"(T)here being considerable apprehension as to the safety of the dam and lake ... the water board requested three well-known engineers ... to investigate and report on the work .... After a very thorough and careful investigation, these engineers reported ... that it would be difficult to make a more perfect bank than that of Druid Lake."
- Alfred M. Quick, Chief Engineer, Baltimore Water Works, February 20, 1902
Like other American cities in the late 19th century, Baltimore had grown so quickly its supply system was unable to provide city residents with a dependable supply of water. Two reservoirs built outside the city helped increase capacity, but heavy rainfalls in the largely agricultural area tended to foul this additional water supply. City officials elected to construct a holding reservoir within the city - contained by an earthen dam - where silty water would be allowed to settle.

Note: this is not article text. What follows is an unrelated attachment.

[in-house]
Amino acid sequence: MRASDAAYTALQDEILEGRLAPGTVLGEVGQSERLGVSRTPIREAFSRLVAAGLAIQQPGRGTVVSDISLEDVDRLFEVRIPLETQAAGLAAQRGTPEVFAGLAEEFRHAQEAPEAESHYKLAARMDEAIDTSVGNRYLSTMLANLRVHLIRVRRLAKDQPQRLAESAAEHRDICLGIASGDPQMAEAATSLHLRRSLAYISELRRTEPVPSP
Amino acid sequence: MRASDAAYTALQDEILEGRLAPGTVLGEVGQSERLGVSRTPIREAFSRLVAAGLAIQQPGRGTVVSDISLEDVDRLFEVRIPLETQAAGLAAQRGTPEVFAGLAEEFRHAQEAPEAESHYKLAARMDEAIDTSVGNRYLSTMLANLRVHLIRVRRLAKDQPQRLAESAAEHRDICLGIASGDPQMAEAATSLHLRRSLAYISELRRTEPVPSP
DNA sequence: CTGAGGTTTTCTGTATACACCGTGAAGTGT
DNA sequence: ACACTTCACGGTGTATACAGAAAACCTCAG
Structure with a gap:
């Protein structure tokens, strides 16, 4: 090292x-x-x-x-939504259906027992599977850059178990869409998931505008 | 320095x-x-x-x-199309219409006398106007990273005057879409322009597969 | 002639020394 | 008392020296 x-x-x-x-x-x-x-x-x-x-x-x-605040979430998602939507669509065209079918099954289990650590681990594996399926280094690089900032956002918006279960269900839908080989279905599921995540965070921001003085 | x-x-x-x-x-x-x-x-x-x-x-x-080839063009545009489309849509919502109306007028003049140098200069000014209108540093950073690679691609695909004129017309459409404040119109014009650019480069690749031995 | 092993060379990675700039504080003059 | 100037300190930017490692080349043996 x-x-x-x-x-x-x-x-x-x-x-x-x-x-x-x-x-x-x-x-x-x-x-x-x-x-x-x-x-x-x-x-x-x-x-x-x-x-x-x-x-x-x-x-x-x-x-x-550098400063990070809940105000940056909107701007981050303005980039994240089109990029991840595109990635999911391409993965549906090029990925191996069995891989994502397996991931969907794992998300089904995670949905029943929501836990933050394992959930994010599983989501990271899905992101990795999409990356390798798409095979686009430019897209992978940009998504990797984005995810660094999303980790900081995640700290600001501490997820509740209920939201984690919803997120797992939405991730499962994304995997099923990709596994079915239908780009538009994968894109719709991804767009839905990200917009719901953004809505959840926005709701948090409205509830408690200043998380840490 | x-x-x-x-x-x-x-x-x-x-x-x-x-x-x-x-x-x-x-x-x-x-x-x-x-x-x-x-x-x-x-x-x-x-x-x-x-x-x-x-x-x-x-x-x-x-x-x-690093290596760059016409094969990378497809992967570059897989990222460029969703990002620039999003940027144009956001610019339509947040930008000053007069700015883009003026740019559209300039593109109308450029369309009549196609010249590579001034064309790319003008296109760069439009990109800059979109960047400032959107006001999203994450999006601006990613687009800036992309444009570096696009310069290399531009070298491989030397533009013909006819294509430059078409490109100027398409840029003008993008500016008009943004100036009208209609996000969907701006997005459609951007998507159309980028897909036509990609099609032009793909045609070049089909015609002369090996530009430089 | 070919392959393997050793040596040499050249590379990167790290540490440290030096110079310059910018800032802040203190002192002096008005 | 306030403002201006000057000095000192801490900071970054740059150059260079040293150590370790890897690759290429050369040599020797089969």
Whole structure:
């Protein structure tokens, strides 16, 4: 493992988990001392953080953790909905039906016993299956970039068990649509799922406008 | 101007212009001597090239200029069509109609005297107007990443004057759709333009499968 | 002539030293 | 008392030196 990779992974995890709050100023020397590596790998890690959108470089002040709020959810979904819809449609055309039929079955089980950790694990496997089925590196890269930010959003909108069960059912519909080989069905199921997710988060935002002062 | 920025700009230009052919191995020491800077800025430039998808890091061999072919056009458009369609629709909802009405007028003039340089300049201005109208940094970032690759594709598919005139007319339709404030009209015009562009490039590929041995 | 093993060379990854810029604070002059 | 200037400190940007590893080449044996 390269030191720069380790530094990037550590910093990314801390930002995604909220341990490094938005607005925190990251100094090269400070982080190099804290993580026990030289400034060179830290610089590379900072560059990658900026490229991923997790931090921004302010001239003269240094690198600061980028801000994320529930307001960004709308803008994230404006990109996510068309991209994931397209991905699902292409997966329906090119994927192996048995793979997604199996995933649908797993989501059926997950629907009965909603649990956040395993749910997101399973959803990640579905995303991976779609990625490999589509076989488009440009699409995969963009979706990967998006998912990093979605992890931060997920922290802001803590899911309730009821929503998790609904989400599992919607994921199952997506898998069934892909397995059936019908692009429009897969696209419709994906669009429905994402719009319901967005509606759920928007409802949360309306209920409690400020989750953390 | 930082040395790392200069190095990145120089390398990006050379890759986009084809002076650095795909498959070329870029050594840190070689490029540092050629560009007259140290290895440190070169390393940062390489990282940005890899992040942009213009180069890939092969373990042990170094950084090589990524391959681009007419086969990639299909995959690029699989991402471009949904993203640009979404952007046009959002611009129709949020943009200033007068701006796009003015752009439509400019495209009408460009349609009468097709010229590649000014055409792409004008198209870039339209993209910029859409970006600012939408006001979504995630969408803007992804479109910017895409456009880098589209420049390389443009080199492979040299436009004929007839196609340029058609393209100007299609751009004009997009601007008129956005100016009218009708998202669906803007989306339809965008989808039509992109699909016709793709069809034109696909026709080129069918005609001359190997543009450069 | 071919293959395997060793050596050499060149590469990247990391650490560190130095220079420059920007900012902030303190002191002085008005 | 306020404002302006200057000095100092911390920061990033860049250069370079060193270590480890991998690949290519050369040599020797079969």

No such project had ever been undertaken in the United States. The site chosen was a ravine in Druid Hill Park, a public city park that contained a small stream. Beginning in 1864, Robert K. Martin, a civil engineer for the Baltimore Water Department, oversaw the design and construction of a 119-foot dam built with materials excavated from the reservoir bed. Orchestrating a careful sequence of construction steps and using readily available construction equipment, Martin pioneered design principles and building methods still in use today.